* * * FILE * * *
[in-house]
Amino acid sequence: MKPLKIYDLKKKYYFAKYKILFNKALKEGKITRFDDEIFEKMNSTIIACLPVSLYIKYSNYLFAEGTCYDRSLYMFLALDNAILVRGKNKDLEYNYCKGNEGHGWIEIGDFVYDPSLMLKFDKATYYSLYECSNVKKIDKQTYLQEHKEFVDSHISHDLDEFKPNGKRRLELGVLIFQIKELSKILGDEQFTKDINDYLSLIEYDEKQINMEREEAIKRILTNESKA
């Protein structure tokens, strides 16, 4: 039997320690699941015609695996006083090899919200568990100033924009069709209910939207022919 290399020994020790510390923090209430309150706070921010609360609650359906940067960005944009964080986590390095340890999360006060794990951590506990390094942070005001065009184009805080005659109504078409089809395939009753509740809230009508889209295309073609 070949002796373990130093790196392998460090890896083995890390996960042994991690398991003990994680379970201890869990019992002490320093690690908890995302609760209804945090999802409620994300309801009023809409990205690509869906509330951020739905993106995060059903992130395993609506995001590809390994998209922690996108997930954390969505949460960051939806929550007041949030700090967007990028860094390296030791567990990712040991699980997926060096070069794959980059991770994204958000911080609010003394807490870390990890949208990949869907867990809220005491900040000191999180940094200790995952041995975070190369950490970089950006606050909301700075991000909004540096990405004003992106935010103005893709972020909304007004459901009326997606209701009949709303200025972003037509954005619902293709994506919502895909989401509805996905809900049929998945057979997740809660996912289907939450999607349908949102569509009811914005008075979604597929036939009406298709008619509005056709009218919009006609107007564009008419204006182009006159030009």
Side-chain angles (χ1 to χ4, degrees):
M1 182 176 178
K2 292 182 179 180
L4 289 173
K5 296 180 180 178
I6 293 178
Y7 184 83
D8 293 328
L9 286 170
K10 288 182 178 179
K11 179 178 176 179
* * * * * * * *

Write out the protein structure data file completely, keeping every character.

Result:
[in-house]
Amino acid sequence: MKPLKIYDLKKKYYFAKYKILFNKALKEGKITRFDDEIFEKMNSTIIACLPVSLYIKYSNYLFAEGTCYDRSLYMFLALDNAILVRGKNKDLEYNYCKGNEGHGWIEIGDFVYDPSLMLKFDKATYYSLYECSNVKKIDKQTYLQEHKEFVDSHISHDLDEFKPNGKRRLELGVLIFQIKELSKILGDEQFTKDINDYLSLIEYDEKQINMEREEAIKRILTNESKA
């Protein structure tokens, strides 16, 4: 039997320690699941015609695996006083090899919200568990100033924009069709209910939207022919 290399020994020790510390923090209430309150706070921010609360609650359906940067960005944009964080986590390095340890999360006060794990951590506990390094942070005001065009184009805080005659109504078409089809395939009753509740809230009508889209295309073609 070949002796373990130093790196392998460090890896083995890390996960042994991690398991003990994680379970201890869990019992002490320093690690908890995302609760209804945090999802409620994300309801009023809409990205690509869906509330951020739905993106995060059903992130395993609506995001590809390994998209922690996108997930954390969505949460960051939806929550007041949030700090967007990028860094390296030791567990990712040991699980997926060096070069794959980059991770994204958000911080609010003394807490870390990890949208990949869907867990809220005491900040000191999180940094200790995952041995975070190369950490970089950006606050909301700075991000909004540096990405004003992106935010103005893709972020909304007004459901009326997606209701009949709303200025972003037509954005619902293709994506919502895909989401509805996905809900049929998945057979997740809660996912289907939450999607349908949102569509009811914005008075979604597929036939009406298709008619509005056709009218919009006609107007564009008419204006182009006159030009």
Side-chain angles (χ1 to χ4, degrees):
M1 182 176 178
K2 292 182 179 180
L4 289 173
K5 296 180 180 178
I6 293 178
Y7 184 83
D8 293 328
L9 286 170
K10 288 182 178 179
K11 179 178 176 179